Prosecutors said that what apparently began as a shortcut to successful cases he made against drug dealers—boosting the former deputy into the sheriff’s office in 2017—eventually was used by Hutcheson to target a county judge and state troopers. One of the latter, Missouri State Highway Patrol Sgt. Jeff Johnson, testified at Hutcheson’s 2018 sentencing that the sheriff was “the worst kind of person who could have ever been a law enforcement officer.”
As previously report by Prison Legal News, the then-36-year-old sheriff resigned to avoid prosecution on most of 28 charges against him, three of which were “related to a dispute with two elderly women who ran a hair salon (and) were withholding a paycheck from Hutcheson’s sister-in-law, who allegedly stole the salon’s appointment book.” [See: PLN, Sept. 2019, p.49]
2017—Maricopa County, Arizona: Much ink has been spilled discussing 89-year-old Sheriff Joe Arpaio of Phoenix. Some conservatives liked his version of tough-on-crime tactics: forcing prisoners in the Maricopa County Jail to live and work outside in the scorching heat of his “Tent City,” making them wear pink underwear and work on chain gangs.
Those same conservatives were less enthusiastic when, in the early 2000s, he began devoting nearly all of his office’s resources toward having his deputies pull over every Latino driver they could find in an attempt to stop illegal immigration, which resulted in a drastic reduction of investigations into other crimes, especially sex crimes. Some also complained that the detention of vast numbers of Latino citizens was a massive number of civil rights violations.
Regardless of these opinions, DOJ began investigating Arpaio and his deputies for civil rights abuses in 2008, under the administration of Pres. George W. Bush (R). The effort continued through 2011, after the White House had been won by Pres. Barrack H. Obama (D), culminating in charges filed against the sheriff in December 2011, accusing him of a “pattern of misconduct,” one “that permitted unlawful arrests and excessive force against Latinos,” as the Los Angeles Times reported.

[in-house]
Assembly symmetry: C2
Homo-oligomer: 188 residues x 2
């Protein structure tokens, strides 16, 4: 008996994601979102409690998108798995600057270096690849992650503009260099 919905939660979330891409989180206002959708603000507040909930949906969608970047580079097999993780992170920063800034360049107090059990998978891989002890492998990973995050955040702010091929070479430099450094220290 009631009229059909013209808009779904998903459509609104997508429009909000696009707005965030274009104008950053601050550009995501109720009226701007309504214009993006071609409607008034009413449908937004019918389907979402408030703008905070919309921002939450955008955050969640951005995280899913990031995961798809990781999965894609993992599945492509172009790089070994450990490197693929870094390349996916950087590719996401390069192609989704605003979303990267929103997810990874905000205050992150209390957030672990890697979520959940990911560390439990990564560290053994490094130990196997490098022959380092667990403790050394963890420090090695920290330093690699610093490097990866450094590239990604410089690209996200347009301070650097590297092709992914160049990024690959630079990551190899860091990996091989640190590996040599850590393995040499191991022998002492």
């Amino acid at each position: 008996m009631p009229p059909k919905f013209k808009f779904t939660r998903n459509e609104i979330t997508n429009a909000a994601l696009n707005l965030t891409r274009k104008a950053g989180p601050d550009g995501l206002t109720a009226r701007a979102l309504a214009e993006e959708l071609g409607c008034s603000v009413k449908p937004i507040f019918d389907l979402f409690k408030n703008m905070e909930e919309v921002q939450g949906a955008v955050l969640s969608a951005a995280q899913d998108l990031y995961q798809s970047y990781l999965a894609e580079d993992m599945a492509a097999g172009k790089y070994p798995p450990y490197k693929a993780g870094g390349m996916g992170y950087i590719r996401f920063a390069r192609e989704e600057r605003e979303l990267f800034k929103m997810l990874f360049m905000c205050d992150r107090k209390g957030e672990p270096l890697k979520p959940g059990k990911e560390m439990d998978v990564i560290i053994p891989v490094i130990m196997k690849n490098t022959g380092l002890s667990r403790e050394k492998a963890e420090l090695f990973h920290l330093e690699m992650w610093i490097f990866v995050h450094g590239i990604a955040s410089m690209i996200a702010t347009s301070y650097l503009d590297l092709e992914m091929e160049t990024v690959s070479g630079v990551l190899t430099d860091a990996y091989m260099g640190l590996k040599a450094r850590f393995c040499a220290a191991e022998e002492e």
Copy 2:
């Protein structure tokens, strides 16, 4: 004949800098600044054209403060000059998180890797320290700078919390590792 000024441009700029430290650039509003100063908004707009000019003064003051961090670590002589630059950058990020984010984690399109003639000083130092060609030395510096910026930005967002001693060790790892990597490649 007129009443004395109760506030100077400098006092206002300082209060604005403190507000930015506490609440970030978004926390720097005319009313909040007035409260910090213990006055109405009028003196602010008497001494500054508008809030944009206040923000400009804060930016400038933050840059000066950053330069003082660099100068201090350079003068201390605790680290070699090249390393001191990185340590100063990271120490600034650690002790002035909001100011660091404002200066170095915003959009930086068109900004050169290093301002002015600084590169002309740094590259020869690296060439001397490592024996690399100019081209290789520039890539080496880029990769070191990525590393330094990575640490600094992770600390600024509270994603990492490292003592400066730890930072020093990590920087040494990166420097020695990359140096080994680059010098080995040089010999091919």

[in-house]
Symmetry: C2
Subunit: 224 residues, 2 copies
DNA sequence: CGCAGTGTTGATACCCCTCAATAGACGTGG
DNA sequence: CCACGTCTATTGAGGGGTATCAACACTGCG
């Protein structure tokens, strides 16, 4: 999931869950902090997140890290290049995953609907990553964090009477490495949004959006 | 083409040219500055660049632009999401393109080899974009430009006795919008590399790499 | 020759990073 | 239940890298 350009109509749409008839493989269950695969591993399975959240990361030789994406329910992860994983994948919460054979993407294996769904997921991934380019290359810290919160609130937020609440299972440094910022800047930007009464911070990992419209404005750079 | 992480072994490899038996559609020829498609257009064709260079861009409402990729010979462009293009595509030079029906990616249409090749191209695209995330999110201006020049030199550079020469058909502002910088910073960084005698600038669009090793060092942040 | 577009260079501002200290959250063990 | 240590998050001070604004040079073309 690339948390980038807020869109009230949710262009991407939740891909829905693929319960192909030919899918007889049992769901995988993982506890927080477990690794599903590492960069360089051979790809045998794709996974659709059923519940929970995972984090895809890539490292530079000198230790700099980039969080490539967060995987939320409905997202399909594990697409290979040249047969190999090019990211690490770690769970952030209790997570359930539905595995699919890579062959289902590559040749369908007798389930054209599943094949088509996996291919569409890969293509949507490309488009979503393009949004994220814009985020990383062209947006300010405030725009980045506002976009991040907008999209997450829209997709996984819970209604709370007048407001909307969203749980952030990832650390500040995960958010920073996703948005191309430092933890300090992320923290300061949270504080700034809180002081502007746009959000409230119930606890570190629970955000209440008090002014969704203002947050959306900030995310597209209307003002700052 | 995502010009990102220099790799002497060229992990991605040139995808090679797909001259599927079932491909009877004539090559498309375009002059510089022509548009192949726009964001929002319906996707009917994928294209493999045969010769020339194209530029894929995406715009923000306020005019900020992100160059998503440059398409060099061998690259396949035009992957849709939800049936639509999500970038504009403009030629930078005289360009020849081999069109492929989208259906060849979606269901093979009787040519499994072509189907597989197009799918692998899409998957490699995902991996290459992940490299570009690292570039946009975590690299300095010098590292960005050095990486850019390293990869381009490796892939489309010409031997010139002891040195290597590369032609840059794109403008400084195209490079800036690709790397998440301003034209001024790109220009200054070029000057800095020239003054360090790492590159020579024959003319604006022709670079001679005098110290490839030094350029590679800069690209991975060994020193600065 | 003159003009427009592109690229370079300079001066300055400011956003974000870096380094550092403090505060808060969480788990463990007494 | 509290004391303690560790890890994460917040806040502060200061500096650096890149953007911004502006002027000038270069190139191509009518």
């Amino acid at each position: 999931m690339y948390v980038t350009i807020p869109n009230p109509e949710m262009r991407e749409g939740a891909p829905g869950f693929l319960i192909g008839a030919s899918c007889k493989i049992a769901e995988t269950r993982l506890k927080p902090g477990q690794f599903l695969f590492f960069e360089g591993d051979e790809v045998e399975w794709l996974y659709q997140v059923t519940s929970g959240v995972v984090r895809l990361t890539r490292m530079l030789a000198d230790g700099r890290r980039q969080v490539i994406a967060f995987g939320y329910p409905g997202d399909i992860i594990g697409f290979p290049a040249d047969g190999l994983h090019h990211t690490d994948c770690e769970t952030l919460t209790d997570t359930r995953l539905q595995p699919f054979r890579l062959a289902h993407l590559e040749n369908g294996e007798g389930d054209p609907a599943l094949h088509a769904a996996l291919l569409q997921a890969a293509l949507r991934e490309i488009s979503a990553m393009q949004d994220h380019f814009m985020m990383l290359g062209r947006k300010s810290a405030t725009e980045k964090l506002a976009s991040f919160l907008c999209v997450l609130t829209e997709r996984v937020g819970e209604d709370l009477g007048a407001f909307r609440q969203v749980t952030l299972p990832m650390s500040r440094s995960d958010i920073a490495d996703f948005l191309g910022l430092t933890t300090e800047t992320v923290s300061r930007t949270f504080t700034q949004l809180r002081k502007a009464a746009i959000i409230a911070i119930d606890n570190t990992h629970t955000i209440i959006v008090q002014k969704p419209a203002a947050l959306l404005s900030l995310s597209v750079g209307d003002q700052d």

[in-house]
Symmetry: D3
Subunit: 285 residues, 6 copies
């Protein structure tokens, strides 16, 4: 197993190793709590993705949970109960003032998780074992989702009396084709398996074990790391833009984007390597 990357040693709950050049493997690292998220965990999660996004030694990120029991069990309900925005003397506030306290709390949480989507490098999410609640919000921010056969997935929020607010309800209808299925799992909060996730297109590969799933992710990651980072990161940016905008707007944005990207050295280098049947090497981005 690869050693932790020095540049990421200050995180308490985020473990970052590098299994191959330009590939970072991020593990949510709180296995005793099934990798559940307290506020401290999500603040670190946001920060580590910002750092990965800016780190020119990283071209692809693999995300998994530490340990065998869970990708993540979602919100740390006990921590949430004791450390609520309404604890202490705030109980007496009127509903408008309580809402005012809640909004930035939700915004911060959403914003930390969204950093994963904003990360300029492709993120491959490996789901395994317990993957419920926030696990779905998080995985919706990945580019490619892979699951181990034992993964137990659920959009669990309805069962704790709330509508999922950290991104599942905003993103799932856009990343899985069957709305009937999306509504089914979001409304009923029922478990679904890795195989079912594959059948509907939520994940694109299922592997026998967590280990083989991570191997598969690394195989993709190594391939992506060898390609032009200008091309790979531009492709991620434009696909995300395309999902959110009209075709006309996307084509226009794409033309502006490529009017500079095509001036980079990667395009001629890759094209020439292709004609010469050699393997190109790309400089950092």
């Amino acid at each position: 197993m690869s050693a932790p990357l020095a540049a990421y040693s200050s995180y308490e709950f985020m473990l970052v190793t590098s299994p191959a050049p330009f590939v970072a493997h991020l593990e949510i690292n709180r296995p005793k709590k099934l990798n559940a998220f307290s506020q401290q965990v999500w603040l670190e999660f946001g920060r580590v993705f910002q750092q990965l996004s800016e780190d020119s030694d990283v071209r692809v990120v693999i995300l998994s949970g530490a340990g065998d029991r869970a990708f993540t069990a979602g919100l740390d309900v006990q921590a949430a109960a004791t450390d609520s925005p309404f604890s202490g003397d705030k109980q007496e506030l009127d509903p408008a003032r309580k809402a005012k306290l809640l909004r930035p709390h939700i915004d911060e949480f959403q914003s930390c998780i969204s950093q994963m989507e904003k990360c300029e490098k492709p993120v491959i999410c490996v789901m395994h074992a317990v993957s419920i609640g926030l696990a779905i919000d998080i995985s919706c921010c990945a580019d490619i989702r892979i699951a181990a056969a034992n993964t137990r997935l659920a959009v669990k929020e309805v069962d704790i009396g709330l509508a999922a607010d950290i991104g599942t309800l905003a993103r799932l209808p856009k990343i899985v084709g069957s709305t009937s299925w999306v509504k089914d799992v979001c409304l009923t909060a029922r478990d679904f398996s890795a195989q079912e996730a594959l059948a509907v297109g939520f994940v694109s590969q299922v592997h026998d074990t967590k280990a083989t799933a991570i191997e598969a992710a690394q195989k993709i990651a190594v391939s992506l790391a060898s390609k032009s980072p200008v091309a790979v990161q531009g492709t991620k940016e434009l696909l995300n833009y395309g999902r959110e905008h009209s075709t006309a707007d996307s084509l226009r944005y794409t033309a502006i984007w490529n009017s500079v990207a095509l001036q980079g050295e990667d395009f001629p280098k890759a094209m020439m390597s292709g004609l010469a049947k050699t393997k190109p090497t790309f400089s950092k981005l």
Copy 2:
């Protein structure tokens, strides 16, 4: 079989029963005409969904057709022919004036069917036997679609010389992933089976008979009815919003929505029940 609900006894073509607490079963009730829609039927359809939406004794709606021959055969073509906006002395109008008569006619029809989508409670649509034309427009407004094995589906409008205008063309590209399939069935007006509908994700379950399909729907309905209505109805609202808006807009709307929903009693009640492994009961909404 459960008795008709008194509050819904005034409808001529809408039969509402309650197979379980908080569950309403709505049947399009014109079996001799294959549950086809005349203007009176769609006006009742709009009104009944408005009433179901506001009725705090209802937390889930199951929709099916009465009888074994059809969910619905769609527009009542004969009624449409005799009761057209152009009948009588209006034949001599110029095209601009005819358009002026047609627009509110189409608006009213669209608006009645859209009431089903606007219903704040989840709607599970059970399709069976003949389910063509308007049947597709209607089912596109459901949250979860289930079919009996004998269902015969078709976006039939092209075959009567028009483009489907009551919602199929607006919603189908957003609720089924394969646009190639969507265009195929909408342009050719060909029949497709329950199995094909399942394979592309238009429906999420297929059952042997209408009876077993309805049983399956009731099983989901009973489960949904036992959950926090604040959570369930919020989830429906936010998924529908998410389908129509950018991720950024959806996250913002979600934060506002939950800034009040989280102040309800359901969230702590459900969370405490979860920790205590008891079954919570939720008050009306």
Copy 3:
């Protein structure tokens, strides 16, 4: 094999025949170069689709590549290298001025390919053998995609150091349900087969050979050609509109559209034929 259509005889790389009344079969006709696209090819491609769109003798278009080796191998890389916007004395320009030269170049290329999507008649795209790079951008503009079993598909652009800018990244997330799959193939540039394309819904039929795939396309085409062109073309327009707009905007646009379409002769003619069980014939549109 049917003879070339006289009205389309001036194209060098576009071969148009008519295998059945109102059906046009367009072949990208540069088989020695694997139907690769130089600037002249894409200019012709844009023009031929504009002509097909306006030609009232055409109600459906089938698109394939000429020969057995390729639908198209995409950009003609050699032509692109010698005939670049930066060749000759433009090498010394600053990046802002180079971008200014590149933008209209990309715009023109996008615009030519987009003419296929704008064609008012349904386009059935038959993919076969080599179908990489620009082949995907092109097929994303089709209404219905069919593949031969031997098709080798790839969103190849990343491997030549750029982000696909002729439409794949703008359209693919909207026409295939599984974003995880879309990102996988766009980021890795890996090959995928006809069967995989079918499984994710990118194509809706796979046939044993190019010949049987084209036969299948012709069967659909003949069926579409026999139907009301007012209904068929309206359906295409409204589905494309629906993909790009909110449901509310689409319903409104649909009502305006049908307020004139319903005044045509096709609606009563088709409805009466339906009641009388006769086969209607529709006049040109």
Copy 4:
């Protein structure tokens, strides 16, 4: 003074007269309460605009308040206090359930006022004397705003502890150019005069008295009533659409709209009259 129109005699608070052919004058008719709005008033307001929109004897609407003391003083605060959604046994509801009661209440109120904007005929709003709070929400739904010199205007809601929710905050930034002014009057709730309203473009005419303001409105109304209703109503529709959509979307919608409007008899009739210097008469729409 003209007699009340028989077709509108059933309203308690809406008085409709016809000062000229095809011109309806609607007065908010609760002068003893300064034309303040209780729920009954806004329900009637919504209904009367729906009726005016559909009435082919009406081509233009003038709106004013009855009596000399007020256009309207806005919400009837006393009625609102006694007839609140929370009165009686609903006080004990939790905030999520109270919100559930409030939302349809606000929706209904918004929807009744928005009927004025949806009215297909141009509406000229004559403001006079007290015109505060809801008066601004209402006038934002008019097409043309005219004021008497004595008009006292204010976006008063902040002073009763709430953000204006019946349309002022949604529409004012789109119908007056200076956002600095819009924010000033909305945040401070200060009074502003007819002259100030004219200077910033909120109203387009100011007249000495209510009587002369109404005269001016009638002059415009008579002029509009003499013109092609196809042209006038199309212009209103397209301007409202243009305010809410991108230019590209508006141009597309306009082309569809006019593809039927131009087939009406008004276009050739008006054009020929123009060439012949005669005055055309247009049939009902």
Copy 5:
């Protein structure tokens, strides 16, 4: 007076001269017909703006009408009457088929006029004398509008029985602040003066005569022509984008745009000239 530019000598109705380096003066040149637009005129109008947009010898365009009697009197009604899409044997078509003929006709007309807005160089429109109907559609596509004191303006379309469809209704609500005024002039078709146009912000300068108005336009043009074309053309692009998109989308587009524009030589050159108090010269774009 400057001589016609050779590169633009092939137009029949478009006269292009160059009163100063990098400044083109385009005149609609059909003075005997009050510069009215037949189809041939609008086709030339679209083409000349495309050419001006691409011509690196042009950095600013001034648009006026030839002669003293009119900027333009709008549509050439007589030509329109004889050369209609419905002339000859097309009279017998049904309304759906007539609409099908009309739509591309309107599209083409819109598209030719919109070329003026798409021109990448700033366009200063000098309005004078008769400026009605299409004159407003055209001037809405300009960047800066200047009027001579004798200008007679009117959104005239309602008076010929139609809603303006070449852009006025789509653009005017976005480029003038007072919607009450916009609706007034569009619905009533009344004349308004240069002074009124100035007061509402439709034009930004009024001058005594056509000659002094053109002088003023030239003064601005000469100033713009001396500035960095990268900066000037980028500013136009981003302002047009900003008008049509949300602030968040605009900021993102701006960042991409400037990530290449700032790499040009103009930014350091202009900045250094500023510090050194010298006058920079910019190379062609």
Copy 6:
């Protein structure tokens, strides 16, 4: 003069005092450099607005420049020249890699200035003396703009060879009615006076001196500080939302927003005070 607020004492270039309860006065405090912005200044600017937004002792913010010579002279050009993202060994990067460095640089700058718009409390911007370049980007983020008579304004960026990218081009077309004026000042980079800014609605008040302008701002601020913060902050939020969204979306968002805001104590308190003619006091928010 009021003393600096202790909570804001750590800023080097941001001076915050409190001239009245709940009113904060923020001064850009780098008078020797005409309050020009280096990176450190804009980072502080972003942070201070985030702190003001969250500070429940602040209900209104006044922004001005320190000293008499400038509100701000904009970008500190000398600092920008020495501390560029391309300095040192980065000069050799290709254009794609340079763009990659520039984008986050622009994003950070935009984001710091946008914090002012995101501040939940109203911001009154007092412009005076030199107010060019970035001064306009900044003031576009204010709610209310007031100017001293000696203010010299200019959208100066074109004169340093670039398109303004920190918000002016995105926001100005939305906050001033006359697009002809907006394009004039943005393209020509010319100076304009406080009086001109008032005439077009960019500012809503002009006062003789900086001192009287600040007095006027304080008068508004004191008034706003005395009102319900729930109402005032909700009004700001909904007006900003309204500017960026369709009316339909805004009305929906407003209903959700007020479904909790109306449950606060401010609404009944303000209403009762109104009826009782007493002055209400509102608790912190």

That same month, the federal Department of Homeland Security quickly revoked Arpaio’s authority to detain illegal migrants, which is technically a function of federal law enforcement, though local police may be authorized to do so. At the same time a federal court—overseeing a civil rights case brought by a Mexican tourist who had been wrongfully detained—ordered Arpaio to cease making illegal stops and detentions.
But further investigations showed that his deputies did not stop but continued, at Arpaio’s direction, for another 18 months. For this wanton violation, Arpaio was convicted in July 2017 of civil contempt of court, a misdemeanor carrying fines and a maximum sentence of six months in prison. The following month, however—before Arpaio was sentenced—then-president Donald J. Trump (R) pardoned him, allowing him to escape accountability for his racist crimes.
Arpaio was first elected in 1993 to the position of sheriff in a county that covers much of the Phoenix metro area, and he remained in office until he lost re-election in 2016. The latter half of his term of office cost the taxpayers of Maricopa County over $100 million in legal bills to defend his willful disrespect of the constitutional rights of the citizens he was sworn to protect. Further, as a 2008 report by the Goldwater Institute concluded, Arpaio’s efforts had the net effect of undermining public safety. Yet for most of his tenure in public office Arpaio was the popular elected official in the state of Arizona. As PLN has reported previously, dozens of prisoners died in the Maricopa jail during his tenure and while the county paid millions to settle those claims, he was never held responsible for those deaths.
2016—Carter County, Oklahoma: Sheriff Milton Anthony, 65, agreed to relinquish his position and plead guilty to a felony charge of bribery in November 2016 so that prosecutors would drop a separate charge of sexual battery, after he extorted sex from a woman in exchange for agreeing to hire her husband. A conviction on both charges could have resulted in up to 10 years in prison.